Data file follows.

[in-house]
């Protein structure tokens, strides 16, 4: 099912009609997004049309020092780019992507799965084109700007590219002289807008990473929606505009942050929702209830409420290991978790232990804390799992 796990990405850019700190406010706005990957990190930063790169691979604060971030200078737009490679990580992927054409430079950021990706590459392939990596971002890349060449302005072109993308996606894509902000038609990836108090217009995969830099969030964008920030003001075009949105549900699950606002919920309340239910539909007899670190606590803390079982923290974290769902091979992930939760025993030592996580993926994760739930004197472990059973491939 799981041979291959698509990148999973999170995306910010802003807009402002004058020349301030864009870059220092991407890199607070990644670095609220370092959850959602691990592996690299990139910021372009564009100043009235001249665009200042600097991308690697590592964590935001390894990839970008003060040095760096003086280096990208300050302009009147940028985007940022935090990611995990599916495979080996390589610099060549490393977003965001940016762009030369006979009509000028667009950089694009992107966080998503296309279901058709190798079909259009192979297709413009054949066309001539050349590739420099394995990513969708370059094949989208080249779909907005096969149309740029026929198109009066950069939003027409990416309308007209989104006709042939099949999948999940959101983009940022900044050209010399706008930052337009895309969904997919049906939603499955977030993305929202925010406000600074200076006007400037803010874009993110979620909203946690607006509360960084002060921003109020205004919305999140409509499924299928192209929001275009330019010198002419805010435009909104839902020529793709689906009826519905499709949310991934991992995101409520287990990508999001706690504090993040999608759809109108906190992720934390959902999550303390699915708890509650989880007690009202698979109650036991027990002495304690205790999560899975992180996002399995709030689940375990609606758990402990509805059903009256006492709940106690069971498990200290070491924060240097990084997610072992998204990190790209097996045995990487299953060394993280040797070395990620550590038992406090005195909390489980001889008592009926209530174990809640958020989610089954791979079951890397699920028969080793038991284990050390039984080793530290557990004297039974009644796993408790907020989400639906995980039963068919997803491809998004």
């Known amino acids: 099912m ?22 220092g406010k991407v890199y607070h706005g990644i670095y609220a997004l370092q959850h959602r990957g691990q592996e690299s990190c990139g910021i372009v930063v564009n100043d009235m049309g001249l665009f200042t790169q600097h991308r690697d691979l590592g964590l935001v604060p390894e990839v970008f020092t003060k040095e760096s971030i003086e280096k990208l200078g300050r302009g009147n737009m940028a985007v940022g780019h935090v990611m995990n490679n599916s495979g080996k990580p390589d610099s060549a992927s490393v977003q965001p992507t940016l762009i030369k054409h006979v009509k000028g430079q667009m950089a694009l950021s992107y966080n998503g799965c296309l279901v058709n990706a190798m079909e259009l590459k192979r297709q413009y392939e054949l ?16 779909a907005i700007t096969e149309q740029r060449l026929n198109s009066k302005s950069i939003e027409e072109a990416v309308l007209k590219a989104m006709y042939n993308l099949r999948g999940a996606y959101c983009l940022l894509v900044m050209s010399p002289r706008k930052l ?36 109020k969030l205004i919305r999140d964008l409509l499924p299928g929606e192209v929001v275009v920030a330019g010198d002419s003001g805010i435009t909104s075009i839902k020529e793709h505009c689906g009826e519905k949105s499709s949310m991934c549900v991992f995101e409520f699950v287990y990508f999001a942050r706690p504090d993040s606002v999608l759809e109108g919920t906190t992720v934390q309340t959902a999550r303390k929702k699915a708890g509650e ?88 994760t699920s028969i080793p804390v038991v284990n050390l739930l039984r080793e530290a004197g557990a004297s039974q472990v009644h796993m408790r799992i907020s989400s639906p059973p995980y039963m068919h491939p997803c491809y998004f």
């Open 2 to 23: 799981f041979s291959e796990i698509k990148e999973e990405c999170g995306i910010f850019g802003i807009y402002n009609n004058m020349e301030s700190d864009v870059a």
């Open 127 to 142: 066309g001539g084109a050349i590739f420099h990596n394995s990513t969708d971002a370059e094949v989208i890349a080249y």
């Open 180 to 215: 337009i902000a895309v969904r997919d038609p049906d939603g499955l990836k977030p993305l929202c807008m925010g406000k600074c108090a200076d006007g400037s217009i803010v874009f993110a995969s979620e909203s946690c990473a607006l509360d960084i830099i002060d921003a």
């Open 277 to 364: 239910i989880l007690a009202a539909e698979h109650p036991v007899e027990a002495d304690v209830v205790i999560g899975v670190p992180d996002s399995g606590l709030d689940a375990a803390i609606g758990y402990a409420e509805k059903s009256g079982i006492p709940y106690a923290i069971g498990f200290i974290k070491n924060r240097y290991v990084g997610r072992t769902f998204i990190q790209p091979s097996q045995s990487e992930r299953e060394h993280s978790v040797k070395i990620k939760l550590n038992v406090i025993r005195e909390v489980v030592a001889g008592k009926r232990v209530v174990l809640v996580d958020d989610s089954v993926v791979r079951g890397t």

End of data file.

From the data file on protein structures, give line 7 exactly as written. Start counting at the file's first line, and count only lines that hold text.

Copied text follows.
């Open 277 to 364: 239910i989880l007690a009202a539909e698979h109650p036991v007899e027990a002495d304690v209830v205790i999560g899975v670190p992180d996002s399995g606590l709030d689940a375990a803390i609606g758990y402990a409420e509805k059903s009256g079982i006492p709940y106690a923290i069971g498990f200290i974290k070491n924060r240097y290991v990084g997610r072992t769902f998204i990190q790209p091979s097996q045995s990487e992930r299953e060394h993280s978790v040797k070395i990620k939760l550590n038992v406090i025993r005195e909390v489980v030592a001889g008592k009926r232990v209530v174990l809640v996580d958020d989610s089954v993926v791979r079951g890397t």